Experimental studies on rabbits have been conducted, where they were subjected to a subcutaneous first infection with Anisakis larvae, which stayed alive for seven days and caused a foreign body reaction in the tissue. At re-inflection dead larvae appeared from the second day, the surrounding edema and flare was clearly histologically acute exudative inflammation with infiltration of immune cell neutrocytes and eosinophilic cells. The exudative inflammation quickly subsided and there was abscess and granuloma formation around the dead larvae. When the re-infection used soluble fraction fluid instead of live larvae, supernatant fluid generally produced an instantaneous allergic reaction, and caused a delayed allergic reaction with sedimented antigen. This brought antigen directly to the stomach and intestinal walls, and even when live larvae were buried there, the stomach reaction was weaker than in the intestine. The proportion of larvae entering the stomach and intestinal walls at the first and later infections were determined in separate experiments, with more larvae found to penetrate the walls of immunized animals. This experiment did not study larvae that had penetrated into the abdominal cavity an aspect which requires further investigation. In the Netherlands, attention has been drawn to the "double hit" theory, which is that acute exudative inflammation caused by intestinal anisakiasis results from penetration by a single larvae offering immunization for only about 4 months. This local hypersensitivity was quickly questioned by Ruitenberg who considered it to be acute allergic reaction at re-infection.

Together with anisakiasis, so-called skip lesions occur in great numbers. To study this phenomena we orally administered larvae to rabbits which then showed abscess and granuloma morbidity (symptoms of the first infection) in their digestive tracts. After 3 weeks Anisakis larval antigens were injected in the ear vein of the rabbits, causing acute exudation in the vicinity of the reinfection, showing that the inflammation in the area of the first infection has became infected again. With skip lesions there is a simultaneous elective outbreak of the ailment similar to the localized morbidity, however, when the site of the first infection and the re-infection are different, it is differentiated from a skip lesion. The experiments also showed that tissue morbidity at re-infection was most severe where the greatest penetration had taken place, indicating that the strongest changes occurred in the earliest affected parts. Changes in the vicinity of the remains of intrusions into the abdominal cavity were weak (light bleeding and edema), and although clinical observation of repeated Anisakis infections have been reported, more details will be established when a thorough survey of the abdominal cavity is made at surgery.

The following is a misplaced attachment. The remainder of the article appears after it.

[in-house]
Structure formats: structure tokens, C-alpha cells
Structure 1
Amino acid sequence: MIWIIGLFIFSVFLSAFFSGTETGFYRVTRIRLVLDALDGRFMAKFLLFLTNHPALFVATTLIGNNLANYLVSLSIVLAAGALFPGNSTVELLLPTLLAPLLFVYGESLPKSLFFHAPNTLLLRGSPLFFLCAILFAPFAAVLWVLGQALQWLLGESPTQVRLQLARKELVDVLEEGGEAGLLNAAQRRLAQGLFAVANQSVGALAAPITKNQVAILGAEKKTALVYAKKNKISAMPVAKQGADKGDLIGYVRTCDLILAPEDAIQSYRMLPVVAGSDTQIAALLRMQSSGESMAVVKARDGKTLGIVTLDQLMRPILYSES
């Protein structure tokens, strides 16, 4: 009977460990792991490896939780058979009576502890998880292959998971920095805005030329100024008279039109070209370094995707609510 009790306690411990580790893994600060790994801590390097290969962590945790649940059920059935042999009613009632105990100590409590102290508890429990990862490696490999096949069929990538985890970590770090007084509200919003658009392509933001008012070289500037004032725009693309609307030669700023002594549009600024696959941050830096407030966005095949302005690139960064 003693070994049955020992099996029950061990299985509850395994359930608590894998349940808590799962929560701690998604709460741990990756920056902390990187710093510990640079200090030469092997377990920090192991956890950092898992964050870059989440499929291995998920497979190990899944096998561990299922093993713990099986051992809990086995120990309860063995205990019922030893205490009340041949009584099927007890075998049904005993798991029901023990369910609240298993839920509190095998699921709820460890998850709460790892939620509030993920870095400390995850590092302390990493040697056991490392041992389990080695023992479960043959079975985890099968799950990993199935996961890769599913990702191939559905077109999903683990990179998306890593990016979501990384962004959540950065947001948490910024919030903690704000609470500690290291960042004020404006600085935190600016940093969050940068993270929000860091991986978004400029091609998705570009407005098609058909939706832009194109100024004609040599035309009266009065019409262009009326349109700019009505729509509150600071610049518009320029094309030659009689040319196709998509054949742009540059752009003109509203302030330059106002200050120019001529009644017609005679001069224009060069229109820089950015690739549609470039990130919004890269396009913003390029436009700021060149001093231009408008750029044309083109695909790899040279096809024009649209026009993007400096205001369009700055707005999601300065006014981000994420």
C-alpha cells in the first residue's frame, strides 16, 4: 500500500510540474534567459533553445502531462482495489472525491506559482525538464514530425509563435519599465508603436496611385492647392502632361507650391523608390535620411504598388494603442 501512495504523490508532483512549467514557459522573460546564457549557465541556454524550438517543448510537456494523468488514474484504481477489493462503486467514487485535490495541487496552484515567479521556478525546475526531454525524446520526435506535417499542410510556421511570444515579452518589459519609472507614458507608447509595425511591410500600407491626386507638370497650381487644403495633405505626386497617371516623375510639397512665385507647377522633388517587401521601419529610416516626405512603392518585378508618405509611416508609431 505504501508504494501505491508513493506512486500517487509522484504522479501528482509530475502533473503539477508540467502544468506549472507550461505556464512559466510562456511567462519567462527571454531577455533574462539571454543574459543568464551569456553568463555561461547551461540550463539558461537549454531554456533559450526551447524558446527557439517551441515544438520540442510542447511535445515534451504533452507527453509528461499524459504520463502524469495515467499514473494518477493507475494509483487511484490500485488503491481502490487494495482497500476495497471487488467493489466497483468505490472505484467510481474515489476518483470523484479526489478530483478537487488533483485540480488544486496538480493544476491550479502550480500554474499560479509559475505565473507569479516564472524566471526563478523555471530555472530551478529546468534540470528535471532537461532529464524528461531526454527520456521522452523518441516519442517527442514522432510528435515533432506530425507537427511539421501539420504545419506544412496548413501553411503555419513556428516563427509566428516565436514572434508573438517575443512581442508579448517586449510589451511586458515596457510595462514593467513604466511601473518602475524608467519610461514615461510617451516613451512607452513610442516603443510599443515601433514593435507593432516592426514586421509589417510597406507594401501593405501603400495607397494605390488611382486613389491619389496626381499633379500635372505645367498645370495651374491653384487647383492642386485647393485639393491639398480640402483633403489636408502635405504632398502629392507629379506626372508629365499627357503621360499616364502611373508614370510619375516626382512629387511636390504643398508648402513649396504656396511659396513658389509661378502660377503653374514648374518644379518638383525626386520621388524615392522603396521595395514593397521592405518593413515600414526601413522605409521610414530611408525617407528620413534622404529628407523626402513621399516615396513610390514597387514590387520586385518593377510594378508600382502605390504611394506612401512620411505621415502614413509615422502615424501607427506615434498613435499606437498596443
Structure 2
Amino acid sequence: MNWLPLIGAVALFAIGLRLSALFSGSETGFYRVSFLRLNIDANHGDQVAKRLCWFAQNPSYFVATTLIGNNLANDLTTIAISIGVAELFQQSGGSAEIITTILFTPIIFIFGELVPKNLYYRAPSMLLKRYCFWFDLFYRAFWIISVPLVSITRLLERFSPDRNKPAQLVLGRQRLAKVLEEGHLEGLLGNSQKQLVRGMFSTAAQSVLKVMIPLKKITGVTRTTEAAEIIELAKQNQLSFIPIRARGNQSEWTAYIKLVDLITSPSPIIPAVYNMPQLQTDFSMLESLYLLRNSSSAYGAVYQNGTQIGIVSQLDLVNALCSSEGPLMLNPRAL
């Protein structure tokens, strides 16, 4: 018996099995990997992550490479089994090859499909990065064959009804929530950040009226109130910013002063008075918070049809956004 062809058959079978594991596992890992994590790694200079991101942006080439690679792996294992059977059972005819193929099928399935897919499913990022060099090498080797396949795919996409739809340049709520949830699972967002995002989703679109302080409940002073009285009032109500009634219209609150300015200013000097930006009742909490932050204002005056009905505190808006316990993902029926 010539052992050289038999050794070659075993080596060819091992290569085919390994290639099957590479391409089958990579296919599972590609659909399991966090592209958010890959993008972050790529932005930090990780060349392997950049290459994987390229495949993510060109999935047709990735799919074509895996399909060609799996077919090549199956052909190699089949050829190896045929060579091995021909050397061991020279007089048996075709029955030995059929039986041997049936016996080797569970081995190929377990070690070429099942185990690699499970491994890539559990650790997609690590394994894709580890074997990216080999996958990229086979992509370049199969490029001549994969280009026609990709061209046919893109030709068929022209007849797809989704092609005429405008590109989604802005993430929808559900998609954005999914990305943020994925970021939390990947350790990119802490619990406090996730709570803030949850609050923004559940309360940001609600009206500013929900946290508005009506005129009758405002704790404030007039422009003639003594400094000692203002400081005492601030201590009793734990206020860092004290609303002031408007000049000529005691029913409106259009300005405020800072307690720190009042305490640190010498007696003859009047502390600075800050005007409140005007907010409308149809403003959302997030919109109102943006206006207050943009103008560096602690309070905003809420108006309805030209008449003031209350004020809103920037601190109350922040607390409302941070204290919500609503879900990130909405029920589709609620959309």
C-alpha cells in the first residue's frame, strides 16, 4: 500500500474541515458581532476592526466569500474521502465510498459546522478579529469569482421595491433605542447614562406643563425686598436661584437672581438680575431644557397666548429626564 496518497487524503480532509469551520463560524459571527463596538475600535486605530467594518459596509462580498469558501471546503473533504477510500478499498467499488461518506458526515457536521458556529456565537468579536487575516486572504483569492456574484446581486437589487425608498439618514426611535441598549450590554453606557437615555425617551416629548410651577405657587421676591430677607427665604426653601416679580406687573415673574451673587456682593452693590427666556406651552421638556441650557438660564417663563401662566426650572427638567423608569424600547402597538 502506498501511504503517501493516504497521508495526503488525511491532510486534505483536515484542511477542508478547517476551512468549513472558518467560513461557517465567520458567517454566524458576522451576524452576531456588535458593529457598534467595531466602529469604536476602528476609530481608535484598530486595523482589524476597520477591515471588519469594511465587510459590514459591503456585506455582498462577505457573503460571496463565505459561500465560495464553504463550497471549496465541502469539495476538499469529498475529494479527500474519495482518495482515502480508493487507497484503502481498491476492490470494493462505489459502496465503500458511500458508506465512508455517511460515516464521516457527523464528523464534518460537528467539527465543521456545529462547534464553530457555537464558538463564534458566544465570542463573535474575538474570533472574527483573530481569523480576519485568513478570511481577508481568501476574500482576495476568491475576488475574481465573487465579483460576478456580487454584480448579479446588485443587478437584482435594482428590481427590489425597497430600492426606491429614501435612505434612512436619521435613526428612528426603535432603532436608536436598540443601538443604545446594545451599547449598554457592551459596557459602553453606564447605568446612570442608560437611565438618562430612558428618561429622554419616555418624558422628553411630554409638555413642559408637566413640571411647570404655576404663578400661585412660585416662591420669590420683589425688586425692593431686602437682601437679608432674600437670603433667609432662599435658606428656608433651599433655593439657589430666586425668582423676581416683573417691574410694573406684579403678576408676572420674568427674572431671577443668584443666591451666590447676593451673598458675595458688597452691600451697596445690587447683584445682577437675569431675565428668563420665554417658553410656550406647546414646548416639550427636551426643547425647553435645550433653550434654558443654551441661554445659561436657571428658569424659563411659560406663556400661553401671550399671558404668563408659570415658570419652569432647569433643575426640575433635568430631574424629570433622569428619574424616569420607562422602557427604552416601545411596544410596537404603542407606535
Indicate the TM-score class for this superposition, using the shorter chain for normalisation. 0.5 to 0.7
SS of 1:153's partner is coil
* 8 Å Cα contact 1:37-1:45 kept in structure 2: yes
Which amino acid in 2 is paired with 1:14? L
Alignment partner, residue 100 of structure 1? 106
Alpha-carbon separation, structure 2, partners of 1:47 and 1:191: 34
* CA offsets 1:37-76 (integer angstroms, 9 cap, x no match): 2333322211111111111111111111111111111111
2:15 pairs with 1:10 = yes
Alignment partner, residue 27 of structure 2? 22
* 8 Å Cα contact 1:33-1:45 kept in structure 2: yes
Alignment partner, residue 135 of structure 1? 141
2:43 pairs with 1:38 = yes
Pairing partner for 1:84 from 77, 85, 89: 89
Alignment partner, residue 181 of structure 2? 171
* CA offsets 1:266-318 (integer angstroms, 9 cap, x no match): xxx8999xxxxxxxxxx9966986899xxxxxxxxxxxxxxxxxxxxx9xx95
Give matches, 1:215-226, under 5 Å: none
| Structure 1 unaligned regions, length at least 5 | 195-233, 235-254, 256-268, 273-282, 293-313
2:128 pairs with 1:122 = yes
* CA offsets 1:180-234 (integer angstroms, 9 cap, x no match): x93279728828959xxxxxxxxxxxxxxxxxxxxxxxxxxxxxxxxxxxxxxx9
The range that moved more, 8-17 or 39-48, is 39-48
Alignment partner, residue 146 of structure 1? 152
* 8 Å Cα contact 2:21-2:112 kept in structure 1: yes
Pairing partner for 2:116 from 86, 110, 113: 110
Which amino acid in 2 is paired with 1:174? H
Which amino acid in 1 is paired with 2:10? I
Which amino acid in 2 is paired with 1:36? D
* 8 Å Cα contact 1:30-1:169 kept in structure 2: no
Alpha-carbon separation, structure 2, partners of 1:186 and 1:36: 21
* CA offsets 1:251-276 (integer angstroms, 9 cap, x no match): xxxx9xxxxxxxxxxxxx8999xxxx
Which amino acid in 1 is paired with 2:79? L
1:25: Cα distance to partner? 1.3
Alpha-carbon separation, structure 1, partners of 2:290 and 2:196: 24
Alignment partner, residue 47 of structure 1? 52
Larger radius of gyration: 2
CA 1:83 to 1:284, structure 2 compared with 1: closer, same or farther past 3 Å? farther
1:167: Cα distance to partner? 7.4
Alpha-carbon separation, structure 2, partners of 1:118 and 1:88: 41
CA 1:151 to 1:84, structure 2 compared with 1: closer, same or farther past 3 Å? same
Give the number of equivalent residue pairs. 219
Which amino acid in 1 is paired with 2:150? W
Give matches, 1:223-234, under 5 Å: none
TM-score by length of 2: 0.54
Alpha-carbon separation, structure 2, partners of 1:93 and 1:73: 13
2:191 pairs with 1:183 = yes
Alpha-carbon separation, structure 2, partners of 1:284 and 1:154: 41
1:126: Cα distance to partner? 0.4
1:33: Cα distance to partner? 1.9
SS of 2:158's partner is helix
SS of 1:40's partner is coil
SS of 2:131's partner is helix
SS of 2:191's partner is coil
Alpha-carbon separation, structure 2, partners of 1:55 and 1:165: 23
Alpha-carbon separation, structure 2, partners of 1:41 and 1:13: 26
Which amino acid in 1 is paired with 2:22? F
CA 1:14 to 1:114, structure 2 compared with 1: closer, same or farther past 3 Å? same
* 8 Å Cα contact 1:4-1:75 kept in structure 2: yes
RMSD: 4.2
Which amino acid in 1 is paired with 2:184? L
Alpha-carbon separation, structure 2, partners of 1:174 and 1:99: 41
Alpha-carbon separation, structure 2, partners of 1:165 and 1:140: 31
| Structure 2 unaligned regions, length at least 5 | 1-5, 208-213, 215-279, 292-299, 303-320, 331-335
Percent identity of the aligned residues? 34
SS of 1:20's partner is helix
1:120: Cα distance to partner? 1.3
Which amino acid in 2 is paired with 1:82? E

5. Complications with bacillus infection.

It is estimated that one-third of the Anisakis larvae eaten with marine organisms are evacuated through the anus, onethird die in the walls of the stomach and intestine, and one-third die forming granuloma or after penetrating the abdominal cavity. To enter the abdominal cavity, the wall of the digestive tract must be penetrated, and this is more common in the intestinal than the gastric form studies in which laparotomy was performed because of acute stomach ailments report abdominal fluid present in about 70010 of cases. In early stages the abdominal fluid is lemon yellow and clear, becoming opaque then yellow and turbid as the illness worsens. This leads experienced physicians to suspect secondary infection, but microscopic observations do not show bacteria in the sediment of the abdominal fluid.